Tuesday, July 11, 2006

My favorite weed

Yes, I have a favorite weed. It gets a bad rap. It is Chicory (Cichorium intybus), a member of the Composite Family. Right now, in Lancaster County, it is blooming all along our country roadsides and rough spots, forming impromptu vignettes with left behind day-lillies and Queen Ann's Lace. Chicory blooms from June until early October. Other names for this plant include wild succory, Belgian Endive, cornflower, coffee weed, witloof, or blue or ragged sailors. In Germany, it is known as Wegwart or Road Plant for it's affinity for growing along roadways.

It grows madly in my garden and I let it alone for the most part, back where the fruit bushes grow. The flowers bloom in the morning and their heads follow the sun (a phenomenon known as heliotropism), folding up by noon on a sunny day.

According to The Secrets of Wildflowers (Sanders), Linneaus used chicory as one of several flowers in a 'floral clock'. He determined that the flowers opened regularly at 5 a.m. and closed at 10a.m. In England and the U.S. the period is more like 6:30 to noon.

The legend of chicory says that the plant was once a fair maiden who refused the advances of the sun. In true male chauvinist fashion, the sun turned her into a flower, forcing her to stare at him each day and making her fade before his might.

Chicory favors poor soils and develops a long tap root, enabling it to live in environments unfavorable to most plants. In European countries, the roots are dug and forced in dark cellars in the winter. The resulting white shoots are eaten in salads. It has been used to make a coffee substitute, particularly in the south. It is used as a root vegetable, as a dye plant, and even as a hay crop. Thomas Jefferson grew it at Monticello.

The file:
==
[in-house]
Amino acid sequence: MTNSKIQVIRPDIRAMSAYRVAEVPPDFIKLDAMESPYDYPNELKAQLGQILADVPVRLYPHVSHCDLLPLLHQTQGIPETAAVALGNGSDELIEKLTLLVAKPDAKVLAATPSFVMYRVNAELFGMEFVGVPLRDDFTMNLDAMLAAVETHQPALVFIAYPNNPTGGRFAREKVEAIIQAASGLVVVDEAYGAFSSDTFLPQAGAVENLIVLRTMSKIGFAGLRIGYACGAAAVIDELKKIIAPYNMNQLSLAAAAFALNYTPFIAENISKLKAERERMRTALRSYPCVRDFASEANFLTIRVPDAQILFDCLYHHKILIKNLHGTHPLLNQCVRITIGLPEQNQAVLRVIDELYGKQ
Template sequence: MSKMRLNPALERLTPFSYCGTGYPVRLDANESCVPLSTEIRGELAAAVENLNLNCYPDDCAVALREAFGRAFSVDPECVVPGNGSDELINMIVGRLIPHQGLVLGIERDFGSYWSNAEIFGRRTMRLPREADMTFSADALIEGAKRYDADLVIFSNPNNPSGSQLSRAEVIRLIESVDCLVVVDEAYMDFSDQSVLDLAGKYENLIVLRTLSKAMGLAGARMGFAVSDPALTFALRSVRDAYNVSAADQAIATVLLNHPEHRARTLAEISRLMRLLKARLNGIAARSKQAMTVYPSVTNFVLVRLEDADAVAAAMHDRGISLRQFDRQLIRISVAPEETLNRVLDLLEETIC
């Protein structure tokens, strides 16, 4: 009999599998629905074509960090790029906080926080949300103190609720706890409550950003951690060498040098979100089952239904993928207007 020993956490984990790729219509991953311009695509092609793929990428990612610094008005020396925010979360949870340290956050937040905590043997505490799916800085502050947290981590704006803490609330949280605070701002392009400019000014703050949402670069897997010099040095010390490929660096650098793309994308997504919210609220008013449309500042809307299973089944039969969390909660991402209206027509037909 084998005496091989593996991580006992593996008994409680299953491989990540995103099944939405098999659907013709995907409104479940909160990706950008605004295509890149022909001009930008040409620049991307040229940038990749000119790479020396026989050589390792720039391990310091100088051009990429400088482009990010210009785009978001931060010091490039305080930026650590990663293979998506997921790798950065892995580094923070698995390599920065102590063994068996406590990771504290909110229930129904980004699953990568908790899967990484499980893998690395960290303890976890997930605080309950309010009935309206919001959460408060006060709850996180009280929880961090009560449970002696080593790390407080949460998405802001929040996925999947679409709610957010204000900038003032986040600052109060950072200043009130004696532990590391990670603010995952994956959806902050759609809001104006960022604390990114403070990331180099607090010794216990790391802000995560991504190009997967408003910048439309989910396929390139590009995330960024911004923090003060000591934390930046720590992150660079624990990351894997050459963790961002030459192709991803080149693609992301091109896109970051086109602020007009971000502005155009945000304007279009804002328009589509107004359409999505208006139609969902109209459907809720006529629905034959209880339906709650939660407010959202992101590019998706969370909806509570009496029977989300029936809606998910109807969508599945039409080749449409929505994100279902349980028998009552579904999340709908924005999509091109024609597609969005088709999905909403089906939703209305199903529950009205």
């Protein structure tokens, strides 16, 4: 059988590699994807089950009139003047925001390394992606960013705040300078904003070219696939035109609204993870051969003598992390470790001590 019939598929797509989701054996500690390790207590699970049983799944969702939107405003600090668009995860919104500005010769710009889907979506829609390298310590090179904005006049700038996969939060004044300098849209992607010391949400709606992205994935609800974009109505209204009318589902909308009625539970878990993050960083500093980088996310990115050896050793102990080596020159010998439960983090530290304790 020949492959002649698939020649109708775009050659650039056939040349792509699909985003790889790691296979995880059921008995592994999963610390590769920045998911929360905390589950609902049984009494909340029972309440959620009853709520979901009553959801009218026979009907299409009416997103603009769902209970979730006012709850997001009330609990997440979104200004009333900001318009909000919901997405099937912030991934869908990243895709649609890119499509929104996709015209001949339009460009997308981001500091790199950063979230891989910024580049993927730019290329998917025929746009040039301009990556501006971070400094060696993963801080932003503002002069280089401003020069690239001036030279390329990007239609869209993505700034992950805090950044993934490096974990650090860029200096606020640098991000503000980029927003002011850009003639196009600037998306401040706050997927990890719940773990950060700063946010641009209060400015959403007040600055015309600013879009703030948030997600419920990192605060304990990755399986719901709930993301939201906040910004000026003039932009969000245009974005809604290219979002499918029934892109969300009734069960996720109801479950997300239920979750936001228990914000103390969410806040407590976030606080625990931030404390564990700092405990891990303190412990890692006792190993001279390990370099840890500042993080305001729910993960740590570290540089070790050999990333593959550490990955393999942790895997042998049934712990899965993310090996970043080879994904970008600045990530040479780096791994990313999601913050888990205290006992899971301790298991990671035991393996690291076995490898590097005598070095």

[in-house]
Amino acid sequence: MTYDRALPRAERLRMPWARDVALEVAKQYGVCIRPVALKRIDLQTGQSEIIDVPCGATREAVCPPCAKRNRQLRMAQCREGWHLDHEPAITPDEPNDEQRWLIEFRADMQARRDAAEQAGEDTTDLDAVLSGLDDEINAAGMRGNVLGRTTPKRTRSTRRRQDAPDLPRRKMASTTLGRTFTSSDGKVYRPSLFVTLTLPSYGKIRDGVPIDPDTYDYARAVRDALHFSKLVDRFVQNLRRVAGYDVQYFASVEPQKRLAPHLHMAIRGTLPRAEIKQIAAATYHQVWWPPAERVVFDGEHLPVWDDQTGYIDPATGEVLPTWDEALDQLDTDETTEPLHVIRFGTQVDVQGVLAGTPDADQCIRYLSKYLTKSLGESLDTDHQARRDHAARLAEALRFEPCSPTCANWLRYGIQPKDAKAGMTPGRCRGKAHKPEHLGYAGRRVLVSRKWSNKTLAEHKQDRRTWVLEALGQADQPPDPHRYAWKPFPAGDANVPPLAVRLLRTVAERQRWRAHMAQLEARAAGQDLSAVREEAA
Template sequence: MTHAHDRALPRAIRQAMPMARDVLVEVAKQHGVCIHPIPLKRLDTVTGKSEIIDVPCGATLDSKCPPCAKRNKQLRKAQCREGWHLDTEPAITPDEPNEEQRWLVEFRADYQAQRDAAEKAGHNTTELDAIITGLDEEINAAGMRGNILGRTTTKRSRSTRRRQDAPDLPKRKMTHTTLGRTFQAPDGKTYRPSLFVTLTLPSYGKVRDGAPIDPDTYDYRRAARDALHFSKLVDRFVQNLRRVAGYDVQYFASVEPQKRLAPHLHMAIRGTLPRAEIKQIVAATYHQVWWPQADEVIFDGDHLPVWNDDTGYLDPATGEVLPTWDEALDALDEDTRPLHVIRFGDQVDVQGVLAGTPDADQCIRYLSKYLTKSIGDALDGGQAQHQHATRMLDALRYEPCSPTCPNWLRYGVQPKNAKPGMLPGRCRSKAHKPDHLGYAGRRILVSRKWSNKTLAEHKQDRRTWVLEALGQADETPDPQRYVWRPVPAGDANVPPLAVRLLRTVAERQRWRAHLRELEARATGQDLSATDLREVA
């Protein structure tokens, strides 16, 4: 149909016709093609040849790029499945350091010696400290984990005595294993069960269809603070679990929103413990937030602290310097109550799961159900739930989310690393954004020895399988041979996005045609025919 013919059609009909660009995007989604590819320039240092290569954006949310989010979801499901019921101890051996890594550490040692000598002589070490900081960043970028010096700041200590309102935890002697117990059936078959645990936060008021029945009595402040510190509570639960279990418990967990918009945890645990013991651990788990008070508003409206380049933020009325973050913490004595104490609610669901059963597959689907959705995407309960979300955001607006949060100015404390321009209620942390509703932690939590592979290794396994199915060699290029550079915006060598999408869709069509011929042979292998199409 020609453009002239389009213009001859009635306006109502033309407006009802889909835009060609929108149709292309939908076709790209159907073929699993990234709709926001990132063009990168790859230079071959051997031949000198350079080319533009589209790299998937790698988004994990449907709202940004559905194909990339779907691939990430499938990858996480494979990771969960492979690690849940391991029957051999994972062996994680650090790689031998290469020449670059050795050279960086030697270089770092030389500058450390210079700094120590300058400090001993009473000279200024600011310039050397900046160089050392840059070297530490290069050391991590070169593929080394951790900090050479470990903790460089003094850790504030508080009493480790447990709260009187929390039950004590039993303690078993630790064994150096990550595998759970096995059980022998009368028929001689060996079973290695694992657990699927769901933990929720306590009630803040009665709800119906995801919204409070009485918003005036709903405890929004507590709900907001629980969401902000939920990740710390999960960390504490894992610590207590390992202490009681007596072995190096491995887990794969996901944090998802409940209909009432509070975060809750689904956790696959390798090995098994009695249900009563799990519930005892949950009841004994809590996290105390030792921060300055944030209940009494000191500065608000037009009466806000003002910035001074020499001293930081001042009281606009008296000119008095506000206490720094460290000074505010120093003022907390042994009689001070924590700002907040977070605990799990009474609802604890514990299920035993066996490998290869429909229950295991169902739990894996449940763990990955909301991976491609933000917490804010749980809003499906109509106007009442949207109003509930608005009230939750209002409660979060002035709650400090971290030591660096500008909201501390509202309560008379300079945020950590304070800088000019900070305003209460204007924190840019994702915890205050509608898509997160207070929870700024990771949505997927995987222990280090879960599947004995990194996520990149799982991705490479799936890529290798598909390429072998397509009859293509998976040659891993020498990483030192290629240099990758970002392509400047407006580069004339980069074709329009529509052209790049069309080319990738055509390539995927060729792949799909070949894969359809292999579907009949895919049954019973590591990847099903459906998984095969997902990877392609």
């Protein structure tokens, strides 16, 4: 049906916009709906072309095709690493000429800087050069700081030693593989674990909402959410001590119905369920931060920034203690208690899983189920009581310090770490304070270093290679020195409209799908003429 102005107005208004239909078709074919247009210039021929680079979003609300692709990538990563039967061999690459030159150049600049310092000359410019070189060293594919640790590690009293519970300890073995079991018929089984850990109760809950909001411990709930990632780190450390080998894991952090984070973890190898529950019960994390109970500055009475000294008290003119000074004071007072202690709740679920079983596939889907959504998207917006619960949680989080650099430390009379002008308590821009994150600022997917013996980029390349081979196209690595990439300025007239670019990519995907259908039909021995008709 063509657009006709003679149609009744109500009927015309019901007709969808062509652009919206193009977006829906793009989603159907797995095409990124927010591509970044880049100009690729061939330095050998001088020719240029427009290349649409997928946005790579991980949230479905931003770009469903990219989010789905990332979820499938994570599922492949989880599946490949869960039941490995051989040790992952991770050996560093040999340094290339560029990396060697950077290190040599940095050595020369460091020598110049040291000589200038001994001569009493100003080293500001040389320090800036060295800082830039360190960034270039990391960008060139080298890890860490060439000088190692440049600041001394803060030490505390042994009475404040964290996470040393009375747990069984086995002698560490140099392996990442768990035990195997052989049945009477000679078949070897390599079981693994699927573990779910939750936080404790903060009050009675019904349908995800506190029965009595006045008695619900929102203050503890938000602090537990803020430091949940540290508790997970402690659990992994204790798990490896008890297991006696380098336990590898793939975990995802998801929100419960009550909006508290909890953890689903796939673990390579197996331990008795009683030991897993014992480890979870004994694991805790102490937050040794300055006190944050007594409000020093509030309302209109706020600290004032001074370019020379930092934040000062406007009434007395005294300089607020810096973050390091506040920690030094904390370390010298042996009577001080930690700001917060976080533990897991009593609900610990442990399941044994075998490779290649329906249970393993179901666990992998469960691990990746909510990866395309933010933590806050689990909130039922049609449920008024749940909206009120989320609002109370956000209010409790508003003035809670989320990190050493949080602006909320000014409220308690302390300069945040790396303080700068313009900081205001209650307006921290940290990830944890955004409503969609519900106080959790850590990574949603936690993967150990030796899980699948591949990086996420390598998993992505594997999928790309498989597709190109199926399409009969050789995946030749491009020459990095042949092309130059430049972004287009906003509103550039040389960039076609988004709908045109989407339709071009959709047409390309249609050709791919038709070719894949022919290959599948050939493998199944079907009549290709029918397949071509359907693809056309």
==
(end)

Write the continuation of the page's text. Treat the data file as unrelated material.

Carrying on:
Oh, not in Ladies Gardens,
My peasant posy!
Smile thy dear blue eyes,
Nor only - near to the skies-
In upland pastures dim and sweet-
But by the dusty road
Where tired feet
Toil to and fro,
Where flaunting Sin
May see thy heavenly hue
Or weary Sorrow look from thee
Toward a more tender hue.

- Margaret Deland (1857-1945)


Blogger Liz said...

I love chicory, too. We're growing some this year so we can harvest the roots for roasting.

6:08 PM  
Blogger meresy_g said...

Let me know how that turns out. I have so much of it, it would be nice to do something other than look at it.

9:29 AM  
Anonymous Pennie said...

Thank you...thank you...thank you!!! I've been seeing this growing all over the place up here (in Northern Jersey) and couldn't for the life of me remember what the heck it is. It was driving me crazy because I knew what it was but just couldn't put my finger on the name. Then...along came your post.

8:12 PM  
Blogger Julie said...

Can I tell you I bought chicory seeds from Thompson and Morgan last year and sowed them. Ok, it's not as spectacular as the picture in the catalog but I like it. Unfortunately so do the rabbits.

12:15 AM  

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